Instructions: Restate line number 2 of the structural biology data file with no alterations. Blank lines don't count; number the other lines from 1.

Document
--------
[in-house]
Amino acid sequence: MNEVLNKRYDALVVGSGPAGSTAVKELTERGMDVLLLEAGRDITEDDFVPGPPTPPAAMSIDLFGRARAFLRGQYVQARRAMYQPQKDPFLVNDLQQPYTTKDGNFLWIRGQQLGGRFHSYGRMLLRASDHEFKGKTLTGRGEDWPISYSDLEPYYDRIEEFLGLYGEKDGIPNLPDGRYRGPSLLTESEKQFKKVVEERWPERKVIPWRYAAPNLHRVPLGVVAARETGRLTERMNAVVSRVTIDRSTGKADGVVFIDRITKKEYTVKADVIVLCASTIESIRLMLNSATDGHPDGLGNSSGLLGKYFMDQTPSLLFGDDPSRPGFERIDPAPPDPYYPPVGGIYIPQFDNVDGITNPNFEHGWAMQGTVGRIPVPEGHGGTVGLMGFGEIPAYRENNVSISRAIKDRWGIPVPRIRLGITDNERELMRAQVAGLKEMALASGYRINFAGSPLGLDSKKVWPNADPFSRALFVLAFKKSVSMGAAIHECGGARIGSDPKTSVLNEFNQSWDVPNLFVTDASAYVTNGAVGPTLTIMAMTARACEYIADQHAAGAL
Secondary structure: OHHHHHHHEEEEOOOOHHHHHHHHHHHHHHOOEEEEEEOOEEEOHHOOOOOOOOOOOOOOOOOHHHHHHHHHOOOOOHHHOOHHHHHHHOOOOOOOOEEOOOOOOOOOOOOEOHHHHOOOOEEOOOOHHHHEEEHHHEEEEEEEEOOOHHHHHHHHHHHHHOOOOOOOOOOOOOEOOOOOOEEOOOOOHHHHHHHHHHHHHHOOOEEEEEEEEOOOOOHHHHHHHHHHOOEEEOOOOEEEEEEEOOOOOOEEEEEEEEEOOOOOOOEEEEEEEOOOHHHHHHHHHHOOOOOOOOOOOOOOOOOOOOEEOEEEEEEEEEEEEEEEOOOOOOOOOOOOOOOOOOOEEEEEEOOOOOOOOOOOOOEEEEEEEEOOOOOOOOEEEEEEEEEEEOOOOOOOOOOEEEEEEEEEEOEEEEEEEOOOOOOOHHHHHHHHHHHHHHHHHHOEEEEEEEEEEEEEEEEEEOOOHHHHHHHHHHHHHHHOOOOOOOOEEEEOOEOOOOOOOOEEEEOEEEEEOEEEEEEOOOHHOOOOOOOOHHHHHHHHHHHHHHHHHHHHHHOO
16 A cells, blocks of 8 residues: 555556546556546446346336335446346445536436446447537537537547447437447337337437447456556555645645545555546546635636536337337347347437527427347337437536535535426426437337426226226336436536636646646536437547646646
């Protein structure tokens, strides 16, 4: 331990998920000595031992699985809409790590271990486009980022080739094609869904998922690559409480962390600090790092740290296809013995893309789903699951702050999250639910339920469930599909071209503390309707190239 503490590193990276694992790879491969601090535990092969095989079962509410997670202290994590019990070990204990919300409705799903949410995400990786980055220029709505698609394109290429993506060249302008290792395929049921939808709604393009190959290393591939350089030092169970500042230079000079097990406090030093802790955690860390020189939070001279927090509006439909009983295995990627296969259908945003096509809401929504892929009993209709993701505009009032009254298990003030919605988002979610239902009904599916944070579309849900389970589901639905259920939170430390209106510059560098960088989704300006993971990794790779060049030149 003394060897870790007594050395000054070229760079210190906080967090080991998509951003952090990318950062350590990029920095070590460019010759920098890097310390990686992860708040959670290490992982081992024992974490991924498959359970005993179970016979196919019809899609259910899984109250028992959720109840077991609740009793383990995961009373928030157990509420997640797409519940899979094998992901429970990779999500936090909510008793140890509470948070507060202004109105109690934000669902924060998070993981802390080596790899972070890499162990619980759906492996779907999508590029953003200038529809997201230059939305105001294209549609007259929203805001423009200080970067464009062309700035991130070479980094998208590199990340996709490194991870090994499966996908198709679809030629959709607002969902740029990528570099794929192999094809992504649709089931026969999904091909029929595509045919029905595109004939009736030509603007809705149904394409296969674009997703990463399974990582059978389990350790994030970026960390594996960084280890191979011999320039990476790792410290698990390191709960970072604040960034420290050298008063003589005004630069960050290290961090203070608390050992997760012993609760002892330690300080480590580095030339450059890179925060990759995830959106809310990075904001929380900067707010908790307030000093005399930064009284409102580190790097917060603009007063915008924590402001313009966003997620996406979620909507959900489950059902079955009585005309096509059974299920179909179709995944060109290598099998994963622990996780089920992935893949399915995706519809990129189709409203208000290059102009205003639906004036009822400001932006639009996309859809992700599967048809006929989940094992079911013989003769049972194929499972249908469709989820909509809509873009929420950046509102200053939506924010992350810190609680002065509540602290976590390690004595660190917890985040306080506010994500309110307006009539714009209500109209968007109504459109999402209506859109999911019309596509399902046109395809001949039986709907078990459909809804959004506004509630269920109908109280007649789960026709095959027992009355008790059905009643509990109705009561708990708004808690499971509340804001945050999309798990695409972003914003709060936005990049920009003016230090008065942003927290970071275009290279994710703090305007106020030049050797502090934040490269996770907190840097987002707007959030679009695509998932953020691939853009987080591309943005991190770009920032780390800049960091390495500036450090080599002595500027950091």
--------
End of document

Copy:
Amino acid sequence: MNEVLNKRYDALVVGSGPAGSTAVKELTERGMDVLLLEAGRDITEDDFVPGPPTPPAAMSIDLFGRARAFLRGQYVQARRAMYQPQKDPFLVNDLQQPYTTKDGNFLWIRGQQLGGRFHSYGRMLLRASDHEFKGKTLTGRGEDWPISYSDLEPYYDRIEEFLGLYGEKDGIPNLPDGRYRGPSLLTESEKQFKKVVEERWPERKVIPWRYAAPNLHRVPLGVVAARETGRLTERMNAVVSRVTIDRSTGKADGVVFIDRITKKEYTVKADVIVLCASTIESIRLMLNSATDGHPDGLGNSSGLLGKYFMDQTPSLLFGDDPSRPGFERIDPAPPDPYYPPVGGIYIPQFDNVDGITNPNFEHGWAMQGTVGRIPVPEGHGGTVGLMGFGEIPAYRENNVSISRAIKDRWGIPVPRIRLGITDNERELMRAQVAGLKEMALASGYRINFAGSPLGLDSKKVWPNADPFSRALFVLAFKKSVSMGAAIHECGGARIGSDPKTSVLNEFNQSWDVPNLFVTDASAYVTNGAVGPTLTIMAMTARACEYIADQHAAGAL